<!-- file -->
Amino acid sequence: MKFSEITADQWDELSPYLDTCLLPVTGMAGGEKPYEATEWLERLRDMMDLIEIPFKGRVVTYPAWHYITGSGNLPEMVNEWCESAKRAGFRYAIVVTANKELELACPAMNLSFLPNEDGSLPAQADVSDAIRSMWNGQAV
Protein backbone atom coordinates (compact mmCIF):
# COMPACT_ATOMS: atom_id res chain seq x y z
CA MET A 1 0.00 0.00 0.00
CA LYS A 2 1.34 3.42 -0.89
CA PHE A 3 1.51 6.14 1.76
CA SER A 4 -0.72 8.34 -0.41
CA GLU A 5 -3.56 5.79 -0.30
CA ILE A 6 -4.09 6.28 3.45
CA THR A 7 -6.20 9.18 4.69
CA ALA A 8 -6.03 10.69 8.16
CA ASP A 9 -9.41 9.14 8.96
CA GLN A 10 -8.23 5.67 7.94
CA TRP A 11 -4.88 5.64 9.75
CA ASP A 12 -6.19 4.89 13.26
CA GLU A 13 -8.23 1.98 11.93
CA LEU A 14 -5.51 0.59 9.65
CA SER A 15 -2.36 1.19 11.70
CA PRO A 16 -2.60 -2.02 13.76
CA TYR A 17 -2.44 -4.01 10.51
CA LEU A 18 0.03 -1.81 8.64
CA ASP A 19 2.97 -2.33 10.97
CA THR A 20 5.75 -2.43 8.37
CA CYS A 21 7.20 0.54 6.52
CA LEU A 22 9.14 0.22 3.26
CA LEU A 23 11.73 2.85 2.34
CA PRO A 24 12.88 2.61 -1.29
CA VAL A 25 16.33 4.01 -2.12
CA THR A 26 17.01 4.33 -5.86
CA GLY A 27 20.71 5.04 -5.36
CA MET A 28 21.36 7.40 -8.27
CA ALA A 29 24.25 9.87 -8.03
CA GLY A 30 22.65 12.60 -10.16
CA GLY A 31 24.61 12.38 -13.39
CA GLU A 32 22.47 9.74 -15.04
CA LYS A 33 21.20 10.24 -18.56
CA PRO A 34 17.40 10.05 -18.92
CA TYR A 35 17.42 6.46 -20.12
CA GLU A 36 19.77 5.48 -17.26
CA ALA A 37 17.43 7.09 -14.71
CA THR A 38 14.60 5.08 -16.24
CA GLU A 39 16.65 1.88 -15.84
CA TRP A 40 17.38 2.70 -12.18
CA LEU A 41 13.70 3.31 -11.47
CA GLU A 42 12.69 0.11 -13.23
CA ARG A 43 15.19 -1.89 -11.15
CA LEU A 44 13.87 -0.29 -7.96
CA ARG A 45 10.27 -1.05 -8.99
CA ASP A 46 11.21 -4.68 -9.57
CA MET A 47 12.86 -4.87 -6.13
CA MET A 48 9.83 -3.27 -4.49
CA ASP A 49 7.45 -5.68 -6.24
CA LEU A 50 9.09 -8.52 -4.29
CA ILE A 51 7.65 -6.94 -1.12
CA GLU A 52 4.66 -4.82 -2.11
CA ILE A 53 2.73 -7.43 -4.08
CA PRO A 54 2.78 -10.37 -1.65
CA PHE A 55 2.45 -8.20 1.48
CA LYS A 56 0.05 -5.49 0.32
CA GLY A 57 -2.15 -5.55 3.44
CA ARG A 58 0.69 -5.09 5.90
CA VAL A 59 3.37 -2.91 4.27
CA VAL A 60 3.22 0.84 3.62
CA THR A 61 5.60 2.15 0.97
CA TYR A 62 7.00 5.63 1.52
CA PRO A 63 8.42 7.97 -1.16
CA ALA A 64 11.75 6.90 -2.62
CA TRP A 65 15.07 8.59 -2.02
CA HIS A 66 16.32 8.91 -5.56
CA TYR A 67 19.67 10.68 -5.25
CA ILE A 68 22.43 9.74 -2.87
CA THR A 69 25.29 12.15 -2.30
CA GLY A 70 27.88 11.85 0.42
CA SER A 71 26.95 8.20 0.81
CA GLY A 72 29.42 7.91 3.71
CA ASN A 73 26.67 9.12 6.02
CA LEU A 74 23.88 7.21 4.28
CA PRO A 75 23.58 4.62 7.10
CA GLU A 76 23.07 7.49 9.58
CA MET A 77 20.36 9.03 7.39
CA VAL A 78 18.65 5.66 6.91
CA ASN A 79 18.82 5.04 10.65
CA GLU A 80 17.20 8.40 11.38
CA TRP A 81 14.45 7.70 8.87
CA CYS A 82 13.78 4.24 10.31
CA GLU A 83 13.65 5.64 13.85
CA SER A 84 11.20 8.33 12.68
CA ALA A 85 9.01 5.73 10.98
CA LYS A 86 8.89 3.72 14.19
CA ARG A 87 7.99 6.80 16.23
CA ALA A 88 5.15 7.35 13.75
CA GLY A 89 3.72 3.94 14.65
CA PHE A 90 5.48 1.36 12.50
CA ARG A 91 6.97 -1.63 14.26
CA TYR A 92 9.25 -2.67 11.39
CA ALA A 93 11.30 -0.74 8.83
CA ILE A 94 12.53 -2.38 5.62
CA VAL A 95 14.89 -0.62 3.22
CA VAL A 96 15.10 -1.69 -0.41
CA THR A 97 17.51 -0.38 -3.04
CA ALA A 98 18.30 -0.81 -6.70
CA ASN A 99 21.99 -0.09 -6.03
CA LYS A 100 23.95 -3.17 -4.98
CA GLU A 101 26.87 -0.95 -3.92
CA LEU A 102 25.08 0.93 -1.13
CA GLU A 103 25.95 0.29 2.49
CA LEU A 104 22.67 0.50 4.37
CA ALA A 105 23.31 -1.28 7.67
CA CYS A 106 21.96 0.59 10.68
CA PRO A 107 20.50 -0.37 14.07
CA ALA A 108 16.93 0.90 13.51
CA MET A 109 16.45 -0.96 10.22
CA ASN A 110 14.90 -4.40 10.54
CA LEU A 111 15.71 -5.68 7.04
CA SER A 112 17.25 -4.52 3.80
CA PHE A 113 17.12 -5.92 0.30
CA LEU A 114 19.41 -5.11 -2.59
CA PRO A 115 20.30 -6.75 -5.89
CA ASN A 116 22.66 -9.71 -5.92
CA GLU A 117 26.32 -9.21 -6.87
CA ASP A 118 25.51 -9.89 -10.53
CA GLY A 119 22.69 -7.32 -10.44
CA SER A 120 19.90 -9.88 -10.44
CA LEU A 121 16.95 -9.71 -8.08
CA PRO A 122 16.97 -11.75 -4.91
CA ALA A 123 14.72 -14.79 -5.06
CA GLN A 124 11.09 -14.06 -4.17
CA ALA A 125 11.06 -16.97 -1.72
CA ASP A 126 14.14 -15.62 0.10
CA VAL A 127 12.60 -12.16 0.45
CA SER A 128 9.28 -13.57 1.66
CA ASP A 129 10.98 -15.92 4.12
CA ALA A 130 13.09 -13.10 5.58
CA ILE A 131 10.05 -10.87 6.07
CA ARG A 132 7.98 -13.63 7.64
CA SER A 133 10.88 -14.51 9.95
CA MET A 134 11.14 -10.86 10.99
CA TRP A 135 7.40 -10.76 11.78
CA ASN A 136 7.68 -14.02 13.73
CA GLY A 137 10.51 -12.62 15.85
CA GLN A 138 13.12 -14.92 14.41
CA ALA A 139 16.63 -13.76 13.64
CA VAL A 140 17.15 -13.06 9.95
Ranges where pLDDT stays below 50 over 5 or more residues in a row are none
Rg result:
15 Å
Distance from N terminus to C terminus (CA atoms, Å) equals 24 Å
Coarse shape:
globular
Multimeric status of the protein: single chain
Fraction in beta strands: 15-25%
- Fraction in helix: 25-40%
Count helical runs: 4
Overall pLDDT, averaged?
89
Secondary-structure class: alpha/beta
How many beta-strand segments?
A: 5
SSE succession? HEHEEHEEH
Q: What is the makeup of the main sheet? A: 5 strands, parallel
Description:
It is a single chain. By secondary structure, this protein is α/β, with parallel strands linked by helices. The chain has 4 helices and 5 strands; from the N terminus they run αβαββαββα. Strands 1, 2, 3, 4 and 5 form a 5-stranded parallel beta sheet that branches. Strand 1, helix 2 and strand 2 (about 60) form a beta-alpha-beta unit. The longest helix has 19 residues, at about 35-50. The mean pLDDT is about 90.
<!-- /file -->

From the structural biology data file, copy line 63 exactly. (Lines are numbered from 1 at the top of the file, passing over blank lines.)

CA VAL A 60 3.22 0.84 3.62